by Tina Olivero

    Self Awareness Is Key For Successful Entrepreneurs

    Life in service of an idea can be good if this idea is life-giving and emancipates the individual from the fetters of self without propelling him into a different bondage. Science and art can work this way, but they can also lead to enslavement or unhealthy pampering and over-refinement. But, I would not dispute the notion that these efforts lead to an inability to cope with life. After all, even water is poison if you drown in it.

    – Albert Einstein

    What is self awareness?

    It is that conscious process of knowing who we are. The knowledge of our passions, desires, strengths, weaknesses, feelings, motives, and character. Self awareness is that ability to self reflect, self evaluate, self correct and learn, and most importantly grow and evolve.

    Self Awareness is essential because it allows you to understand other people, how they perceive you and how they react to you. It provides you with clarity about your attitude and your responses to outcomes, people, and processes, in the moment that they occur. Self awareness is the foundation of our success and is essential for personal and professional mastery.

    We might assume that we are self aware, but it is helpful to have a relative scale for self awareness. If you have ever been in a car accident you may have experienced everything happening in slow motion and noticing details of your thought process at an entirely new level. This is a state of heightened awareness and it is possible to do this on a daily basis. With practice, we can learn to engage these types of heightened states and see new opportunities derived from heightened interpretation in of thoughts, emotions, and conversations.

    We can actually step back from being “IN” our thoughts and start to “OBSERVE” them. That’s when the magic starts to happen. We become less reactive by observing and asking, “Why is this triggering me?” and learning from it, rather than being reactive and being in the reaction. It’s powerful stuff because emotions are predispositions for action and if you are reactive, you are creating “reactive action,” which is not always the best approach for life or for business.

    Self awareness and the entrepreneur

    Self awareness and entrepreneurialism is a winning formula. Anyone with an unstoppable and insatiable appetite, who has the ability to self evaluate and self correct, will get to evolve in a constant state of improvement and ultimately be able to play out their visions and goals!

    Self awareness in business is like riding a bike. You don’t know balance until you actually “experience” balance. And when you finally experience balance on a bike, you never forget it. It gives you access to new experiences and outcomes. Self awareness is like learning a new language. The experience of a new language opens you up to new cultures, new communication levels, new interactions and new results. Self awareness gives you the “experience of understanding your self” which ultimately gives you access to new opportunities and possibilities in your life and your business life. It is therefore, essential to business.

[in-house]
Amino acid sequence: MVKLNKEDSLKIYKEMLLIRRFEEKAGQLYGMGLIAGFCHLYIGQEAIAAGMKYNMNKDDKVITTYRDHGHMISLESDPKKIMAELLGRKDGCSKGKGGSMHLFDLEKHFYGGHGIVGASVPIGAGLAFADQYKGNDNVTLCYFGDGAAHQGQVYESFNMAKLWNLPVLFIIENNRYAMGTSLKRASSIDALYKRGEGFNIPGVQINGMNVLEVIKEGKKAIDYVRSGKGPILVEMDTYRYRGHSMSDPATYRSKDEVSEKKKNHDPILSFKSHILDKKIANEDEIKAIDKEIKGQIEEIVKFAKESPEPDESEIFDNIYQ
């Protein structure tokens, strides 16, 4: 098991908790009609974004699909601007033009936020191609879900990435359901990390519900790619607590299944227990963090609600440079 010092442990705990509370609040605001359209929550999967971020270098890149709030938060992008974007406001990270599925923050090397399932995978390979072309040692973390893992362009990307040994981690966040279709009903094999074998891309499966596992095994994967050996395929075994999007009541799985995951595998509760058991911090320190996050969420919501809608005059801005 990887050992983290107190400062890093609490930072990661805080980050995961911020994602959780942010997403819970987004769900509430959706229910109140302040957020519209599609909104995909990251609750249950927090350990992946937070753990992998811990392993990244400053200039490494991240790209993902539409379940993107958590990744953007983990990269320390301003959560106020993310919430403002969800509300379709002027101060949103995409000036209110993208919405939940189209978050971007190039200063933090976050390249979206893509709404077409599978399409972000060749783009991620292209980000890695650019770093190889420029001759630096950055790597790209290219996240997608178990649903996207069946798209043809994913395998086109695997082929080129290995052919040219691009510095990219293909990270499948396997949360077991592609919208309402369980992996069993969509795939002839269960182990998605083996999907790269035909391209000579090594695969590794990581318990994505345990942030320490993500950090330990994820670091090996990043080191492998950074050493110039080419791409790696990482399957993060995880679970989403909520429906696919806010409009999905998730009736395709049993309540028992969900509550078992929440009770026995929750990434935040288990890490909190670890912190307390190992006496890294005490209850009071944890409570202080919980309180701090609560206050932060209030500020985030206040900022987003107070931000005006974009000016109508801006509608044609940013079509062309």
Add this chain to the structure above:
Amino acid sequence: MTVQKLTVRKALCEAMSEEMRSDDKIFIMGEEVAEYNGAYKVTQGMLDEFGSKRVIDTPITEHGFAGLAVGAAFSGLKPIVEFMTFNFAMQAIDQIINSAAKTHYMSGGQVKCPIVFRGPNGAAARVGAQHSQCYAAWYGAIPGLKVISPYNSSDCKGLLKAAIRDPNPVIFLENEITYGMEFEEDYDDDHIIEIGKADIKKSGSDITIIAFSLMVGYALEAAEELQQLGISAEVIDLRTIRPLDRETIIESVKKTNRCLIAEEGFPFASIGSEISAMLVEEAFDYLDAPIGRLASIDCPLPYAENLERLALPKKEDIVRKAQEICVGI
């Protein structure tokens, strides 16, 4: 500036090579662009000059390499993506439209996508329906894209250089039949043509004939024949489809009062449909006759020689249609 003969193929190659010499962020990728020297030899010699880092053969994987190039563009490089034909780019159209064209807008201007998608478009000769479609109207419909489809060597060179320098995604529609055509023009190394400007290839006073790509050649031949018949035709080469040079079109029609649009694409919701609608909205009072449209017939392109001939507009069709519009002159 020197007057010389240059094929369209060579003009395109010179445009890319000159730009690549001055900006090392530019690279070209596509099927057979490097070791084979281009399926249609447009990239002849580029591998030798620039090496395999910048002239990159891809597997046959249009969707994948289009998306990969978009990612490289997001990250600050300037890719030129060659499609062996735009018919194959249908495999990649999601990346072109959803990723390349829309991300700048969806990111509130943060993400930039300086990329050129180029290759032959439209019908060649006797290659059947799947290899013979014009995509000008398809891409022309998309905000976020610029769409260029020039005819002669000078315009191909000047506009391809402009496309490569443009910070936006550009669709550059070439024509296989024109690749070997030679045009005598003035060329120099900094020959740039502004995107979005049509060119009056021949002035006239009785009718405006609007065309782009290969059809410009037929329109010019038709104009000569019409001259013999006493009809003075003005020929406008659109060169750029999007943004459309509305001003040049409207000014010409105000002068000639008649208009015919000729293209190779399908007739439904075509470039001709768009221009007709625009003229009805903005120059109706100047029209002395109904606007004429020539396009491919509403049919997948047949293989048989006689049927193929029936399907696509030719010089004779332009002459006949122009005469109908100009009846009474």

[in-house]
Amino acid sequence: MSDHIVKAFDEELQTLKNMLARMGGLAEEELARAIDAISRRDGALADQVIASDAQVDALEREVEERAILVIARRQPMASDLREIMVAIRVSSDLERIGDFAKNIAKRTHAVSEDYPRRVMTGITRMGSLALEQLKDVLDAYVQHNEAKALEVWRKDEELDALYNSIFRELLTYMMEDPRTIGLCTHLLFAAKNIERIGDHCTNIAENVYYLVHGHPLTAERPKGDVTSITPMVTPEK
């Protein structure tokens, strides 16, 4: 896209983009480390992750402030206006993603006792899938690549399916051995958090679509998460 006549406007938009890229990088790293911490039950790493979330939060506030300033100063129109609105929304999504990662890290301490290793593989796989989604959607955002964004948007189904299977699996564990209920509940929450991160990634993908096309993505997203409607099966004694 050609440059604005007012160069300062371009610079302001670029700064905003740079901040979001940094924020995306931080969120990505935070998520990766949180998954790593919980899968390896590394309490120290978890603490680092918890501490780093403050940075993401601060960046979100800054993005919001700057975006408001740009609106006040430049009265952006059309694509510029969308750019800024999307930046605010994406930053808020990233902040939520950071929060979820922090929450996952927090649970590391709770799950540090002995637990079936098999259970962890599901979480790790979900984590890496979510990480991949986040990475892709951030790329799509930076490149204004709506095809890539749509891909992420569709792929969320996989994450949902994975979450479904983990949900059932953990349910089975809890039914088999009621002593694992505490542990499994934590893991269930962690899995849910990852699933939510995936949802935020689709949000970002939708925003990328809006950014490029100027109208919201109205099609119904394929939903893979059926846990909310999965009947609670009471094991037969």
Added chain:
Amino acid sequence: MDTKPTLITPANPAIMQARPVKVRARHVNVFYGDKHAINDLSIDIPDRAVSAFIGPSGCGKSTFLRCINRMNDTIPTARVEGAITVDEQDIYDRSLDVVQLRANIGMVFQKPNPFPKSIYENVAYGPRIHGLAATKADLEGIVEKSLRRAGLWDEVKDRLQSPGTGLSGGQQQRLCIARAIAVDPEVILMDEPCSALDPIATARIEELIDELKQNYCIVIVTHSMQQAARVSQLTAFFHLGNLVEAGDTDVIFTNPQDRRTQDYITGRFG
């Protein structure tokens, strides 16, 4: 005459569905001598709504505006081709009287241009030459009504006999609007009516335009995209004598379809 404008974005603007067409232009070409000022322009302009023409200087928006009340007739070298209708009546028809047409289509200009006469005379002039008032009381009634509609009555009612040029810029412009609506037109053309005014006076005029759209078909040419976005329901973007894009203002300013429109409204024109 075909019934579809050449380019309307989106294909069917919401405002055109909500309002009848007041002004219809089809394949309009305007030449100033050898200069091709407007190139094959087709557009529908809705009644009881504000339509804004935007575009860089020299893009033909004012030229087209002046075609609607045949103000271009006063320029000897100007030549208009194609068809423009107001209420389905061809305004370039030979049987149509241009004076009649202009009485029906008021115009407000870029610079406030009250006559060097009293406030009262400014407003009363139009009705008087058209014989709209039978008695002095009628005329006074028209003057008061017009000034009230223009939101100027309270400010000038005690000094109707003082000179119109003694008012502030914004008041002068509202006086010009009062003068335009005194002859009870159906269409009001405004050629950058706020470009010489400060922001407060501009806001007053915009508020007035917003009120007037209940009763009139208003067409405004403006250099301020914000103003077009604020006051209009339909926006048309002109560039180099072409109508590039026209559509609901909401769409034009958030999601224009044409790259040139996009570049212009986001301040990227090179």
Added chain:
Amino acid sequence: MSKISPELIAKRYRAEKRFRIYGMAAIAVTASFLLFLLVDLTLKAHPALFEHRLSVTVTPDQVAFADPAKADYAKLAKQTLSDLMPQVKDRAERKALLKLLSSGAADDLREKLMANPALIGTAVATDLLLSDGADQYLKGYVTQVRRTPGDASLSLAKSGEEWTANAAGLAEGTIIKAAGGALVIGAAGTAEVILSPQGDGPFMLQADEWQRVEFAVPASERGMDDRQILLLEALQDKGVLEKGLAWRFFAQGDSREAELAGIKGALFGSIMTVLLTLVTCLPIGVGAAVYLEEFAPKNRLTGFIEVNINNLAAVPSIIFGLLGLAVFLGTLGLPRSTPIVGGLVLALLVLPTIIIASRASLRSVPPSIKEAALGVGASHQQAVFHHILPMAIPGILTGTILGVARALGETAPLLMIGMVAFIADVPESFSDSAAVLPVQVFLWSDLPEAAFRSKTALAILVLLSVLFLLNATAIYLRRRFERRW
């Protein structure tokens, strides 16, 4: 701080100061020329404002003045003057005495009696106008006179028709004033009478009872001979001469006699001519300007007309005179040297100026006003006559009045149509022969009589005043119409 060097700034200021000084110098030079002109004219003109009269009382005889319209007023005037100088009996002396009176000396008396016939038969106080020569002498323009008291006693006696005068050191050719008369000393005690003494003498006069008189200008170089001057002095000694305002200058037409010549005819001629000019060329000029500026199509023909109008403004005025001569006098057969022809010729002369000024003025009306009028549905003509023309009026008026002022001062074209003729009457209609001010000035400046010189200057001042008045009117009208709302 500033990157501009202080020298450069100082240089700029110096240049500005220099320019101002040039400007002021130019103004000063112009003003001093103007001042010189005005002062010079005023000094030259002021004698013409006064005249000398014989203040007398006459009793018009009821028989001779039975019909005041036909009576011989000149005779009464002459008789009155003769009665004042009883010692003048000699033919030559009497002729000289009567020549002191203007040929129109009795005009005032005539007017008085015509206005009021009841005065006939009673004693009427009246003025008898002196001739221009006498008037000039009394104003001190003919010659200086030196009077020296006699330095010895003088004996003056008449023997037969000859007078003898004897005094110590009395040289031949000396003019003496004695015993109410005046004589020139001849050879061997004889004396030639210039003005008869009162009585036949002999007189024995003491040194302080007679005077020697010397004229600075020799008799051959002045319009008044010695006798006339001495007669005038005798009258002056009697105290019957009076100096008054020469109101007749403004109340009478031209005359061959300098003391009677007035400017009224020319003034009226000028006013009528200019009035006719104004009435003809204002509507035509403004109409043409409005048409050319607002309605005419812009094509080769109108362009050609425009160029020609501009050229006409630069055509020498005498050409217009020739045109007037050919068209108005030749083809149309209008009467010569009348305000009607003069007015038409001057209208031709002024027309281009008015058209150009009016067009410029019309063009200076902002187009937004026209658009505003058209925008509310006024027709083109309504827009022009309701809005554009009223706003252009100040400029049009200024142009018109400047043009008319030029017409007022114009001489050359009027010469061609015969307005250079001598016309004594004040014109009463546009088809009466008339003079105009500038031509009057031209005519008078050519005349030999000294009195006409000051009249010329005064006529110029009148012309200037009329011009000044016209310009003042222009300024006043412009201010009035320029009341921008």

Anthony (Tony) Tjan is CEO and Managing Partner of Cue Ball

    One of the most incredible things about my job as the Editor-In-Chief of The OGM, is that I get to speak to some of the greatest minds on the planet. That’s how I met Tony Tjan. Coincidently, (there are no coincidences) Tony is from my hometown, St. John’s, Newfoundland, Tony Tjan and I went to the same schools, McDonald Drive and Prince of Wales Collegiate. Tony and I never actually met in school. Unknowingly, we ended up with similar philosophies about what makes life and business work. Maybe it was our culture, our parents, our schools, our similar experiences or maybe it was all of the above. What is evident, is the mutual understanding that entrepreneurialism works with self awareness as a foundation.

    Imagine my surprise when I found out how similar our paths had been and how the fabric of our upbringing had led to our conclusions about entrepreneurs and business. I know that’s not a random coincidence, in fact, I’m sure my father who has since passed, would delightedly say, “This is all a part of life’s rich pattern.”

    Self awareness is not rocket science. In the words of Harvard graduate, entrepreneurial enthusiast and author of NY Times bestseller, “Heart, Smart, Guts, and Luck,” Tony Tjan advocates, “you need to begin by being fully honest about all of your strengths and weaknesses and the biases that drive them. You also need to understand that you are more entrepreneurial than you think and that you have the capacity to develop your self awareness.”